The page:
Applications

X-Ray fluorescence is used in a wide range of applications, including X-Ray fluorescence is particularly well-suited for investigations that involve X-ray fluorescence is limited to analysis of In most cases for rocks, ores, sediments and minerals, the sample is ground to a fine powder. At this point it may be analyzed directly, especially in the case of trace element analyses. However, the very wide range in abundances of different elements, especially iron, and the wide range of sizes of grains in a powdered sample, makes the proportionality comparison to the standards particularly troublesome. For this reason, it is common practice to mix the powdered sample with a chemical flux and use a furnace or gas burner to melt the powdered sample. Melting creates a homogenous glass that can be analyzed and the abundances of the (now somewhat diluted) elements calculated.

Strengths and Limitations of X-Ray Fluorescence (XRF)?

Strengths

X-Ray fluorescence is particularly well-suited for investigations that involve:

Limitations

In theory the XRF has the ability to detect X-ray emission from virtually all elements, depending on the wavelength and intensity of incident x-rays. However...

User's Guide - Sample Collection and Preparation

Virtually any solid or liquid material can be analyzed, if adequate standards are available. For rocks and minerals, typical commercial instruments require a sample constituting at least several grams of material, although the sample collected may be much larger. For XRF chemical analyses of rocks, samples are collected that are several times larger than the largest size grain or particle in the rock. This initial sample then suffers a series of crushing steps to reduce it to an average grain size of a few millimeters to a centimeter, when it can be reduced by splitting to a small representative sample of a few tens to hundreds of grams. This small sample split is then ground into a fine powder by any of a variety of techniques to create the XRF sample. Care must be taken particularly at this step to be aware of the composition of the crushing implements, which will inevitably contaminate the sample to some extent.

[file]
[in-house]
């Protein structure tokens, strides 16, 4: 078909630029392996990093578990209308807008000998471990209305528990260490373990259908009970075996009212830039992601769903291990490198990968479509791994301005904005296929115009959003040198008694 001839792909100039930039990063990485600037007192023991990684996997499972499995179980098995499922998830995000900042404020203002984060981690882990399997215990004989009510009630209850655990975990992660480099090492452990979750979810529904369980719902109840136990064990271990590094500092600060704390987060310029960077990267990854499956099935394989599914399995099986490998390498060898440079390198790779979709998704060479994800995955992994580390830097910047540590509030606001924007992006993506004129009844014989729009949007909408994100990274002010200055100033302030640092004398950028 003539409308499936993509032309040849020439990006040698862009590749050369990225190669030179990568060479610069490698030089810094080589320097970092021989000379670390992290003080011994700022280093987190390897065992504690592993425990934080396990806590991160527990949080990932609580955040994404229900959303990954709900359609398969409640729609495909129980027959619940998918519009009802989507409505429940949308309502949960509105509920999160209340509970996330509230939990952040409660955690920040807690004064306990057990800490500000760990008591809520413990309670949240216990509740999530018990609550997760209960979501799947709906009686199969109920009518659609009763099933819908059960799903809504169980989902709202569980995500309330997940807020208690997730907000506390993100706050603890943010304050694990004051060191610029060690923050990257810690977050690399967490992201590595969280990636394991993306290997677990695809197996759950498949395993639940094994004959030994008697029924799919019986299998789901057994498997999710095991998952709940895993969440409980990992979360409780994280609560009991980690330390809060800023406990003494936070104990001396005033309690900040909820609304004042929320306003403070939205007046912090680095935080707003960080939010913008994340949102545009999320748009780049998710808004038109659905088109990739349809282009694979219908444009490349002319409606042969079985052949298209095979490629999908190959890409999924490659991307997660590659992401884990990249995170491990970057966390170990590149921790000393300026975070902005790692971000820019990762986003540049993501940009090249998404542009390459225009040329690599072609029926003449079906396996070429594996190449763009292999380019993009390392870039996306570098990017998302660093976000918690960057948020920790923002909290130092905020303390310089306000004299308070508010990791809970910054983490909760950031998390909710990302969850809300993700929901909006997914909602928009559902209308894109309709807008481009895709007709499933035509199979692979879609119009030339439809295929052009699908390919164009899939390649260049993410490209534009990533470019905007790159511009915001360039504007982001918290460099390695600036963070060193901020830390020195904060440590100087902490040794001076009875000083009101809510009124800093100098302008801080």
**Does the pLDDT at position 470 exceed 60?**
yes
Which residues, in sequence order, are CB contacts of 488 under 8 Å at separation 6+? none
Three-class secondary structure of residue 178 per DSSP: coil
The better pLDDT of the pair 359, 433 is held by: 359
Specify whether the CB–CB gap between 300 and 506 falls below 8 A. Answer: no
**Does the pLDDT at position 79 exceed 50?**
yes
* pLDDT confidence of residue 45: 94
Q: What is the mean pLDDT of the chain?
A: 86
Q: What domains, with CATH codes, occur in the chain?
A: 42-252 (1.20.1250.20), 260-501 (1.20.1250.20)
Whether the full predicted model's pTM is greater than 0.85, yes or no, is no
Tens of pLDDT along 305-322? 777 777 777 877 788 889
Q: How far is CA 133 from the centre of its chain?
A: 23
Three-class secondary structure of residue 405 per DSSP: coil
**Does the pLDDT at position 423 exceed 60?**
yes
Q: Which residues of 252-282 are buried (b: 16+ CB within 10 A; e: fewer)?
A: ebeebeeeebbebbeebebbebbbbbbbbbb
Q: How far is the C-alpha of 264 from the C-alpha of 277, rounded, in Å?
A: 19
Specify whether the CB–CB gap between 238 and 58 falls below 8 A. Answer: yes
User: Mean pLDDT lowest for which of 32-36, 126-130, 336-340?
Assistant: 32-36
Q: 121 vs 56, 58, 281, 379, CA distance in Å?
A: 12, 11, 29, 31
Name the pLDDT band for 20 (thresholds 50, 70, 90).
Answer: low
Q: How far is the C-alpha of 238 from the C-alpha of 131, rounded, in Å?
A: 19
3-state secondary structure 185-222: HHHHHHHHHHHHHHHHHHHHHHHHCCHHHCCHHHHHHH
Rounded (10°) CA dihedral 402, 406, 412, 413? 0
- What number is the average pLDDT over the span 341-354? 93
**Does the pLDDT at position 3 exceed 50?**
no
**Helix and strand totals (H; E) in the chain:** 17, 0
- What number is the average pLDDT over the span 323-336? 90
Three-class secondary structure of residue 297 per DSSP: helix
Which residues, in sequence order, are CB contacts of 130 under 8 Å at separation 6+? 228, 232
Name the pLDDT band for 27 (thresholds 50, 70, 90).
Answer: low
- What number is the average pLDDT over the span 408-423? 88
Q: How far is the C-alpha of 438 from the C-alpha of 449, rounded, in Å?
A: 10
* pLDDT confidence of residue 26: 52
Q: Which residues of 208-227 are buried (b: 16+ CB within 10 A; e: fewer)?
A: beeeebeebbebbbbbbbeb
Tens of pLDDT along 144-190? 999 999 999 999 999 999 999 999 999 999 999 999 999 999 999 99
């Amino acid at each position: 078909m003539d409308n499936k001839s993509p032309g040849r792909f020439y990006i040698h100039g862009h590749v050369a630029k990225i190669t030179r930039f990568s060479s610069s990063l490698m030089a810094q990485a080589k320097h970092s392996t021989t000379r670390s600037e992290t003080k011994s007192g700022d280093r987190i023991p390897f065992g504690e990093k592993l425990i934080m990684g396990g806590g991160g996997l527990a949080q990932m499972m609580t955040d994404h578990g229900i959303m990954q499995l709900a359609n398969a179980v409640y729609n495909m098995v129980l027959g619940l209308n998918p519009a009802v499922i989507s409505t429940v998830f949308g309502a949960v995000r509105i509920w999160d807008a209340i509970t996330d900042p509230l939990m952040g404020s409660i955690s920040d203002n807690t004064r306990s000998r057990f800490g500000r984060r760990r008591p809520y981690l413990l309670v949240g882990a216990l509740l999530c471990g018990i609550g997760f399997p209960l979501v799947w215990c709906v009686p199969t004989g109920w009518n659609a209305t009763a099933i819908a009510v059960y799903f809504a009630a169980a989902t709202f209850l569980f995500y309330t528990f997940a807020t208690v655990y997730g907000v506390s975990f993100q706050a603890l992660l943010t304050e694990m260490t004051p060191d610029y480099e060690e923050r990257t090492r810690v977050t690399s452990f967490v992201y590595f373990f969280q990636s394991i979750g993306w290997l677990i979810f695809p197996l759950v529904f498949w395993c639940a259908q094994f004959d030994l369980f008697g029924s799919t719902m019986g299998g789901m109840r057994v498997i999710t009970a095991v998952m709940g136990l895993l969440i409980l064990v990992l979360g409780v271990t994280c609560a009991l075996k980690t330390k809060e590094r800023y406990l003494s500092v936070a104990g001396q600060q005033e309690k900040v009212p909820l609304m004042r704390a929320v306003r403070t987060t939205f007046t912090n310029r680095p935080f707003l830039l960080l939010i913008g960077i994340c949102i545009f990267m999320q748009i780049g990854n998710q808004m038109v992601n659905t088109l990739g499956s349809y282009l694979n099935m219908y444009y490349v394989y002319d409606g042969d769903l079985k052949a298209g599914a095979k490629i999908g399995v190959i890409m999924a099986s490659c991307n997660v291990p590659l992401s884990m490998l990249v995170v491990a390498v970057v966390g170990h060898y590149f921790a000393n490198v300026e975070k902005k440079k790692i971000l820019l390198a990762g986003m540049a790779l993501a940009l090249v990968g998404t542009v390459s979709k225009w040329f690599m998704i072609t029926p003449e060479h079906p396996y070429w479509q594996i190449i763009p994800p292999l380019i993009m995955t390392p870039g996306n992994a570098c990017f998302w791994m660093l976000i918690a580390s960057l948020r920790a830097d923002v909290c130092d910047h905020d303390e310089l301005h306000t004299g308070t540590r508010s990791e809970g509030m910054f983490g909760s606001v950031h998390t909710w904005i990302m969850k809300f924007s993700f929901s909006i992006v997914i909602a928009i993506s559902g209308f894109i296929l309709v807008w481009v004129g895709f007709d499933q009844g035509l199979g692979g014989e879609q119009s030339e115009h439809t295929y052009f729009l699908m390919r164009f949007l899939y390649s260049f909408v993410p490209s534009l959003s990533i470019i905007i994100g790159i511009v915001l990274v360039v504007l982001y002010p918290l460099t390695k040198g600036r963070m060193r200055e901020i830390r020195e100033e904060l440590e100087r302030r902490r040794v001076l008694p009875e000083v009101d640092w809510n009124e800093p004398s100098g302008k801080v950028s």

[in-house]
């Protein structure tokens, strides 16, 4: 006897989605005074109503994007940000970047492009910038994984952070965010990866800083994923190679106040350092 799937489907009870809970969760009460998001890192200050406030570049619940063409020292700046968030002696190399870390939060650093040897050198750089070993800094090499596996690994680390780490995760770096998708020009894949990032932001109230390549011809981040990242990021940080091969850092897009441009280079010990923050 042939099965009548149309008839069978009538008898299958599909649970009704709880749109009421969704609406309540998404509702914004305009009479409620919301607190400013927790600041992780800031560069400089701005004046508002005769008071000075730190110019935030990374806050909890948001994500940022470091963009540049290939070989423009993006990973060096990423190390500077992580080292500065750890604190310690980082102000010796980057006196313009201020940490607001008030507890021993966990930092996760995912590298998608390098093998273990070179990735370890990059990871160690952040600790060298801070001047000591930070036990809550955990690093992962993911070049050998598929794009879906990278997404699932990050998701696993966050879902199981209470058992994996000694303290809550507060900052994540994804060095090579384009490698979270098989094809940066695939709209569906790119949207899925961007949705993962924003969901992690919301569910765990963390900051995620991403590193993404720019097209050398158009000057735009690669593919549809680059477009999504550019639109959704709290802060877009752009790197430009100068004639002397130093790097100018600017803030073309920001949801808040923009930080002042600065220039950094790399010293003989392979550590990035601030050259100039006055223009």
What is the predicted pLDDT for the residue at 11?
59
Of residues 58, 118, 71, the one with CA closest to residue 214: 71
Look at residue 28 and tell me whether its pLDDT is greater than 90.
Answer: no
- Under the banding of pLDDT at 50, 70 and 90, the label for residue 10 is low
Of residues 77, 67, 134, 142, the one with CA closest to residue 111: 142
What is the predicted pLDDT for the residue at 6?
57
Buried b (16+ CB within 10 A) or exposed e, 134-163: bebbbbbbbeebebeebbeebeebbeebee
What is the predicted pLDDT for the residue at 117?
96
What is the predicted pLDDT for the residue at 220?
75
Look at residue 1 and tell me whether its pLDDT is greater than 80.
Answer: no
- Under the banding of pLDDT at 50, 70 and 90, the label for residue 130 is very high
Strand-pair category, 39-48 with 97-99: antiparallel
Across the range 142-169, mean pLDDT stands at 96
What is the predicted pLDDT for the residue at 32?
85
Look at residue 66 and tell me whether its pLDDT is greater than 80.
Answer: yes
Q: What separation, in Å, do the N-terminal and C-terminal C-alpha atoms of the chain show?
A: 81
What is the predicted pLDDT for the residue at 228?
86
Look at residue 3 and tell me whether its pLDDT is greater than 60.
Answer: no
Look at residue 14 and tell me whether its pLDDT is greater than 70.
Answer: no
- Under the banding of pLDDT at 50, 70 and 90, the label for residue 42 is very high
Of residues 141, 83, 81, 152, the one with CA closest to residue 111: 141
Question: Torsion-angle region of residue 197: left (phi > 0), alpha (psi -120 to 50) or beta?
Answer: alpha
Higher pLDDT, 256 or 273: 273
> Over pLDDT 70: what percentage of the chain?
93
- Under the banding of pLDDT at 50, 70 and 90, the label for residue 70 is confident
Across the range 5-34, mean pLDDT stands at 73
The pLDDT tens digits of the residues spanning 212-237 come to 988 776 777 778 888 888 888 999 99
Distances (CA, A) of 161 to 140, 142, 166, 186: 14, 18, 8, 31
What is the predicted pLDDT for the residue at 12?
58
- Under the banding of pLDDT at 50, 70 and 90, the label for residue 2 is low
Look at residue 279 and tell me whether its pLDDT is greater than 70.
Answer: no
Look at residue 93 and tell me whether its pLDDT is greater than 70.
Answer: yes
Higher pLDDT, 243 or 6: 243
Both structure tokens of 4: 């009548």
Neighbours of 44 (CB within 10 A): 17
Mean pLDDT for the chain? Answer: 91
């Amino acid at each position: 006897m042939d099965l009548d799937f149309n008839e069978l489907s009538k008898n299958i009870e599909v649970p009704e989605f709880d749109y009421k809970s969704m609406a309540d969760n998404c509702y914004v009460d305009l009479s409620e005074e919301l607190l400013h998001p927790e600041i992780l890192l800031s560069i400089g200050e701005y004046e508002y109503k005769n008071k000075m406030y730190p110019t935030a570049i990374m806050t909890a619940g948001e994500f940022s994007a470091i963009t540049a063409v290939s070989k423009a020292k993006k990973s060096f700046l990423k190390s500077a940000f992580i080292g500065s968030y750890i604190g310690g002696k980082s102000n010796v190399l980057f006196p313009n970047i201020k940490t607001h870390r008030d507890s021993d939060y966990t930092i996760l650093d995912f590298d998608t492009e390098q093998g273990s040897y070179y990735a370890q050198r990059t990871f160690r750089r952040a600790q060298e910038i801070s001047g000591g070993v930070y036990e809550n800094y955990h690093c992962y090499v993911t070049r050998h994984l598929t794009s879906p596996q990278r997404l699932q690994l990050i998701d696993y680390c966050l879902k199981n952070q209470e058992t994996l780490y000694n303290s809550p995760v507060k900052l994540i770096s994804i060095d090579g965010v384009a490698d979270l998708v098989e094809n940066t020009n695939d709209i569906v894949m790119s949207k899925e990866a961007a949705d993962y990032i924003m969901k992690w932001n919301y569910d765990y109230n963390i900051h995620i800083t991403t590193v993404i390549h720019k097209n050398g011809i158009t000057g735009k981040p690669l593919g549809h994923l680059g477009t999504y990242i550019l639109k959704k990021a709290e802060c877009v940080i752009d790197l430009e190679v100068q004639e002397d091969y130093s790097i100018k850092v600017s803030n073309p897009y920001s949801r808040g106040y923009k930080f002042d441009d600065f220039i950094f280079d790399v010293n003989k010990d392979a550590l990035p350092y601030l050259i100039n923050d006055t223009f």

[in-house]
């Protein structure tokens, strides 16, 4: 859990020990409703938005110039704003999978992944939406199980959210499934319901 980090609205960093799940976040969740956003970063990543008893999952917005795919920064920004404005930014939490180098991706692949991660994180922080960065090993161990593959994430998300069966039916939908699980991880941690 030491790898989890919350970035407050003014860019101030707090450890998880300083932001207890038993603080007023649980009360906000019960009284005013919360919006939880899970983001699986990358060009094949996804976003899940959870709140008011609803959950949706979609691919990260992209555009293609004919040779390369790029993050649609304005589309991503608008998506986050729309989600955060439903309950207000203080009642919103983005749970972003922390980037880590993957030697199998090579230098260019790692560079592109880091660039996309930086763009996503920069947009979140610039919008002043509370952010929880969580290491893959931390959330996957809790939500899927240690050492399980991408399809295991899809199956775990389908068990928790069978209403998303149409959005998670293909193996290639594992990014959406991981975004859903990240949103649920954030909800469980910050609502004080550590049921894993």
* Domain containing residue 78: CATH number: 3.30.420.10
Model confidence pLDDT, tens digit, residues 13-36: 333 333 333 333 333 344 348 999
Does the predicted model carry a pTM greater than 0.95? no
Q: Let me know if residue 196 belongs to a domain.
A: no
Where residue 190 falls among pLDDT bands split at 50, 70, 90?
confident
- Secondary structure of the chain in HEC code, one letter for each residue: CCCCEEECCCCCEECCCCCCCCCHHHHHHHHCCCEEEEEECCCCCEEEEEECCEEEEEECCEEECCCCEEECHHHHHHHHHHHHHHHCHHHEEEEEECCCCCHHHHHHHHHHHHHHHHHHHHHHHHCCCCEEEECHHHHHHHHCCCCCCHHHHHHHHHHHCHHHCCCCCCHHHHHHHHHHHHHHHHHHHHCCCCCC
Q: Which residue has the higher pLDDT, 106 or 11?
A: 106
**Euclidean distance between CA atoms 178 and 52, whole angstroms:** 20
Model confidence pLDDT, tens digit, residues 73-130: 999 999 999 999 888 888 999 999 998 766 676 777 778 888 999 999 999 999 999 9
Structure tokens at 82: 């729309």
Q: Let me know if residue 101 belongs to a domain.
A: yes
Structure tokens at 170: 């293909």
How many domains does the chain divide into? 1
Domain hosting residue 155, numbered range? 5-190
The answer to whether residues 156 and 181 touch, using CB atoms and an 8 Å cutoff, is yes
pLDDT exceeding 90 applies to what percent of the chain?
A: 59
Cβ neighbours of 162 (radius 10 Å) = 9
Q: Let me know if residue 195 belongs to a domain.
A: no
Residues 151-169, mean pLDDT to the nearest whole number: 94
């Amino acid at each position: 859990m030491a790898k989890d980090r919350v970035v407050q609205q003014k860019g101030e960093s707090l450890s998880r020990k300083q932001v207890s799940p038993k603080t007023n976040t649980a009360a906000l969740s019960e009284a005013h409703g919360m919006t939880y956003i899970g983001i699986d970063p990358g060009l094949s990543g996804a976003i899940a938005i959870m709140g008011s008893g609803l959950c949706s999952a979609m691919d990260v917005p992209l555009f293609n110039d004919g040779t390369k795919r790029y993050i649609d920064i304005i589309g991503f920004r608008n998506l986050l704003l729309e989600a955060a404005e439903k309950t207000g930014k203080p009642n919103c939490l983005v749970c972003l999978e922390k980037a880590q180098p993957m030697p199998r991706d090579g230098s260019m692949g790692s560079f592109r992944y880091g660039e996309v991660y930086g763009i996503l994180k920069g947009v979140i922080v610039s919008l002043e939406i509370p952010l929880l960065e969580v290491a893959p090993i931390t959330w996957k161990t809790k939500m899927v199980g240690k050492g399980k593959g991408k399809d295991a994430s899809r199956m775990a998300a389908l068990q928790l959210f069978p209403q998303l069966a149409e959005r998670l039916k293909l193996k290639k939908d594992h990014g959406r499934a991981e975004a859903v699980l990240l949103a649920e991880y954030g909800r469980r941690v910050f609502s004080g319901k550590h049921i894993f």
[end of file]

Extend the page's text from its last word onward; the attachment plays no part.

Data Collection, Results and Presentation

Literature

The following literature can be used to further explore X-Ray Fluorescence (XRF)

The following literature can be used to further explore the XRF technique and uses of XRF data.

Related Links

For more information about X-Ray Fluorescence (XRF) follow the links below.

General information about XRF principles and applications:
For more information about XRF laboratories follow the links below: For information on the availability of standards follow the links below:

Sources of Geochemical Data

Teaching Activities and Resources

Teaching activities, labs, and resources pertaining to X-Ray Fluorescence (XRF).

For examples of the use of XRF data in teaching activities, check out:

Other Resources for Teaching Whole Rock Geochemistry (major and trace elements)